An Educated Addition

 An Educated Addition

Dayton Christian adds college courses and athletic facilities.

Mike Boyer

From college-level courses to its first athletic facilities, the Dayton Christian School System continues to evolve with the changing needs of its students.

Last fall, the private, nondenominational Christian school introduced its first dual-credit college course in calculus through Urbana University. It’s a reflection of an educational trend offering college-level work to students who qualify, says Richard Anglin, president and CEO of Dayton Christian Schools.

Seventeen students enrolled in the calculus 1 course that began in August. No later than this fall, Anglin says the school expects to offer other dual credit courses in speech, world history and health through Indiana Wesleyan University.

The state of Ohio offers the College Credit Plus program, which allows students to earn college credit by attending college classes or online, but Anglin says offering the courses at Dayton Christian means students won’t have to leave its campus.

“Some parents, particularly of young high school students, would rather they have classes at the high school than have to travel to a college campus,” he says.

Founded in 1963, Dayton Christian has about 760 students enrolled in pre-K through 12 at its Miamisburg campus, another 300 in K through 12 at its Xenia campus, and 172 students in its homeschool program. 

The system draws from many different zip codes and several counties when you consider both Dayton and Xenia, he says. Minority enrollment is 21 percent and about 16 percent of students attend with one of the state’s school voucher programs.

The Xenia campus is on a 250-acre former orphanage. The Miamisburg campus, on Washington Church Road, was once a training facility for NCR Corp. and gives the school plenty of room to grow.

“We’ve got excellent classroom facilities,” Anglin says. “They give us the ability to increase enrollment by 50 percent. But what we’ve lacked is athletic facilities.”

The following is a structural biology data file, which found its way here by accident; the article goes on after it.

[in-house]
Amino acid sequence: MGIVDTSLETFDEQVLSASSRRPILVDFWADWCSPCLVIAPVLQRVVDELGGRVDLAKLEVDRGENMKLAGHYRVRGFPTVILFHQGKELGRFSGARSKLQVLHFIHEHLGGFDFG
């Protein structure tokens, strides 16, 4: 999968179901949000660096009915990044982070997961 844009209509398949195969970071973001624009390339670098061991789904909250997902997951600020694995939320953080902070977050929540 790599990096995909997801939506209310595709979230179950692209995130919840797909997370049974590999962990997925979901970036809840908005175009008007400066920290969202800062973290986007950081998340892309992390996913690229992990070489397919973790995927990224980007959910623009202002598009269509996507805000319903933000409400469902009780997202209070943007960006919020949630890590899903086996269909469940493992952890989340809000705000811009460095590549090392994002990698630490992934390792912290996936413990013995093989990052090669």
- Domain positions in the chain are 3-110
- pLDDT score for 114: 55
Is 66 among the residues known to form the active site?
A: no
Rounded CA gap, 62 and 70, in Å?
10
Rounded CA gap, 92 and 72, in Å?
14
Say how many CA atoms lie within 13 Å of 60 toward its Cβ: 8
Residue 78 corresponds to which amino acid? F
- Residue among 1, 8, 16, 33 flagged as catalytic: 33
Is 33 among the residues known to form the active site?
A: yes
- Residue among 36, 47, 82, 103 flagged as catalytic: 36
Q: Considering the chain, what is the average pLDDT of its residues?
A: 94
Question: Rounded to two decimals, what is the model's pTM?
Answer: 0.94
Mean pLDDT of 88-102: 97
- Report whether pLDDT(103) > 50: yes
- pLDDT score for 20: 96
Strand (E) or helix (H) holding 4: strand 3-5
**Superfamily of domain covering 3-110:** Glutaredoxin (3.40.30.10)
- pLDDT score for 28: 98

In March, the school will open its first athletic facility, a baseball field in Miamisburg.

The school also hopes to break ground before spring on tennis courts and will launch a public fundraising campaign for its first gymnasium.

“It will be a basic gymnasium for physical education, student assemblies and junior varsity and varsity team practices and games,” he says.

The benefits, he says, are “it helps student life by building a community sense on campus.”

The fastest growing program for Dayton Christian Schools is its homeschool program, providing resources and required state certifications for homeschooling families. 

The number of students enrolled in Dayton Christian’s homeschool program has doubled over the last few years from about 80 students to 172 currently.

Anglin says it reflects national growth in homeschool and he sees several reasons.

One is economic.

“The families we work with want to develop a unique Christian education for their children but at the same time they’re not able to financially afford private school tuition,” he says.

The increased availability of online resources means “you can really individualize the education of a child, unlike the past when everybody learned the same thing,” he says.

The state of Ohio also has a friendly environment for homeschooling. For example, homeschool students can participate in athletics and extracurricular activities in the public school district where they reside.